The University of Oregon School of Law congratulates Assistant Professor Michael Fakhri who was chosen to receive the 2014 Orlando J. Hollis Teaching Award. The Hollis Award is the law school’s highest teaching honor.
The Law School Personnel Committee selected Fakhri for this year’s award based on the criteria of peer teaching reviews, student teaching evaluations, committee members' knowledge of the nominee's teaching, and the number and substance of nominations.
"It's quite a privilege to teach students and I'm lucky to teach at such a collegial law school," Fakhri said of the honor.
Students noted that Fakhri is "incredibly effective and approachable for someone with such an impressive intellect" and "a great teacher and mentor who explains concepts in a way that enables students to not only understand those concepts, but to think critically and to question them."
Fakhri received his doctorate from the University of Toronto Faculty of Law, LL.M. from Harvard Law School, LL.B. from Queen's University, and B.Sc in biology from the University of Western Ontario.
Fakhri's research is primarily in the historical examination of the sugar trade and its relationship to the creation of multilateral trade institutions. His other research interests include Third World Approaches to International Law (TWAIL), trade and development in the Middle East, public international law, international legal history, legal accounts of imperialism, and law and globalization.
Additionally, Fakhri is also a faculty member for the Environmental and Natural Resources Law Center where he co-leads the Food Resiliency Project. Fakhri has also authored the book Sugar and the Making of International Trade Law, and written articles featured in the London Review of International Law, the Notre Dame Journal of International & Comparative Law, and European Journal of International Law, among others.
Fakhri will receive the Hollis Award as a part of the School of Law’s commencement exercises on Saturday, May 17, at the Hult Center for the Performing Arts in downtown Eugene.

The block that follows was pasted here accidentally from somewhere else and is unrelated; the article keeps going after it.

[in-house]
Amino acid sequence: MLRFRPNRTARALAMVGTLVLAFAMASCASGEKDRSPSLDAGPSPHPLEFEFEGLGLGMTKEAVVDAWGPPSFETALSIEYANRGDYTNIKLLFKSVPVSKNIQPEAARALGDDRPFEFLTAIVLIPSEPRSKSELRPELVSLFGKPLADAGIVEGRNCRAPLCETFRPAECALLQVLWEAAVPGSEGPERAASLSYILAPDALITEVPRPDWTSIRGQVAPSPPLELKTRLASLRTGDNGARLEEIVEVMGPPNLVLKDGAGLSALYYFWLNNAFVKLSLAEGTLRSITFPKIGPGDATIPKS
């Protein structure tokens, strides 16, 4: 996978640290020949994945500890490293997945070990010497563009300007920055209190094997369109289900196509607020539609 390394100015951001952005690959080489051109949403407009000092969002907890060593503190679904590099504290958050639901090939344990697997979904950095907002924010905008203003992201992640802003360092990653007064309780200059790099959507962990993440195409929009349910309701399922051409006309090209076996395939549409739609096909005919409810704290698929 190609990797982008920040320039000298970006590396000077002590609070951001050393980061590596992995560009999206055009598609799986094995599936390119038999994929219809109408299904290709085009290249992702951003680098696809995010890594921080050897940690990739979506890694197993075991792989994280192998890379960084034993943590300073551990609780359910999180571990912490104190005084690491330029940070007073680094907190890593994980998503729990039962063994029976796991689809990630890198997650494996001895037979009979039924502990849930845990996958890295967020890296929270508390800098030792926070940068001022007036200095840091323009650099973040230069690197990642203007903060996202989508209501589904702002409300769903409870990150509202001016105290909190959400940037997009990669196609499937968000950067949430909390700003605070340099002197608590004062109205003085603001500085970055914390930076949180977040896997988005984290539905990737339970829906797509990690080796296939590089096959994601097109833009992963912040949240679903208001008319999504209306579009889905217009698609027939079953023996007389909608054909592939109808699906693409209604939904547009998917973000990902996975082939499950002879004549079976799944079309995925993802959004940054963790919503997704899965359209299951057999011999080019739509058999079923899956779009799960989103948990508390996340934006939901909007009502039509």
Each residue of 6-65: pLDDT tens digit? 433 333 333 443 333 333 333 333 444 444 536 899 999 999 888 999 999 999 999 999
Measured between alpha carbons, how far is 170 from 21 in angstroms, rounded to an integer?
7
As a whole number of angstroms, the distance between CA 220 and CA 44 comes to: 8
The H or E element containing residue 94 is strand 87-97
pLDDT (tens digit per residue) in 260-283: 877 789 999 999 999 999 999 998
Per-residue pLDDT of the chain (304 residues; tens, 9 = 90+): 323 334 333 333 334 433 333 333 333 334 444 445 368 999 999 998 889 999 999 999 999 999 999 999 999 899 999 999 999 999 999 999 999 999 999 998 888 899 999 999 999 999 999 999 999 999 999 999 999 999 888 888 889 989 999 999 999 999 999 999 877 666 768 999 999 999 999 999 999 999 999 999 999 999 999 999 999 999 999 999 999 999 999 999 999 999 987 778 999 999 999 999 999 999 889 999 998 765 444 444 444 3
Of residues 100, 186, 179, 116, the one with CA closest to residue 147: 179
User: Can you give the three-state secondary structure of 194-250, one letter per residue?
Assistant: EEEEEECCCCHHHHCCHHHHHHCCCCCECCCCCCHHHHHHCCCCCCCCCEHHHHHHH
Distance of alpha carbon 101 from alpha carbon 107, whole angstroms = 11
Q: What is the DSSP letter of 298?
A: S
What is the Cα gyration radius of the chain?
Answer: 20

The University of Oregon has established the Jubitz Peacemaker Fellowship Award Fund through a generous gift of $500,000 from Mr. Al Jubitz. The fund provides support for graduate students enrolled in the Master's Degree Program in Conflict and Dispute Resolution (CRES), which is housed at the School of Law. The fellowship awards will help students with tuition or assist students with educational and research expenses associated with the student's education. Particular attention will be paid to international students seeking to study in the CRES program and domestic students in the CRES program who wish to intern overseas.
"Many conflict resolution professions are relatively new," notes Faculty Director Jen Reynolds. "It takes vision to champion and pursue alternative approaches to disputes. Generous awards like the Jubitz Peacemaker Fellowship Award Fund support our students in this courageous, difficult work."
Jubitz supports peacemaking activities with an emphasis on teaching peace and conflict resolution. "Al Jubitz has dedicated his life to promoting peace and the non-violent resolution of disputes,” said Tim Hicks, director of the CRES Program. “His generous gift expresses his belief in our program and the education it provides. His partnership inspires and encourages our work and will change lives."
The dispute resolution approaches taught through CRES are being applied in corporate and organizational settings, in public policy decision-making, in many sectors of legal practice including tort, contract, employment, family, and environmental law, in international humanitarian and relief work, in community disputes and decision-making, and within the courts.
The value of conflict management expertise and experience is increasingly being recognized in government, business, and the non-profit sectors. The endowment will strengthen the CRES students’ learning and academic pursuits and assist in putting into practice the skills and knowledge learned in the classroom.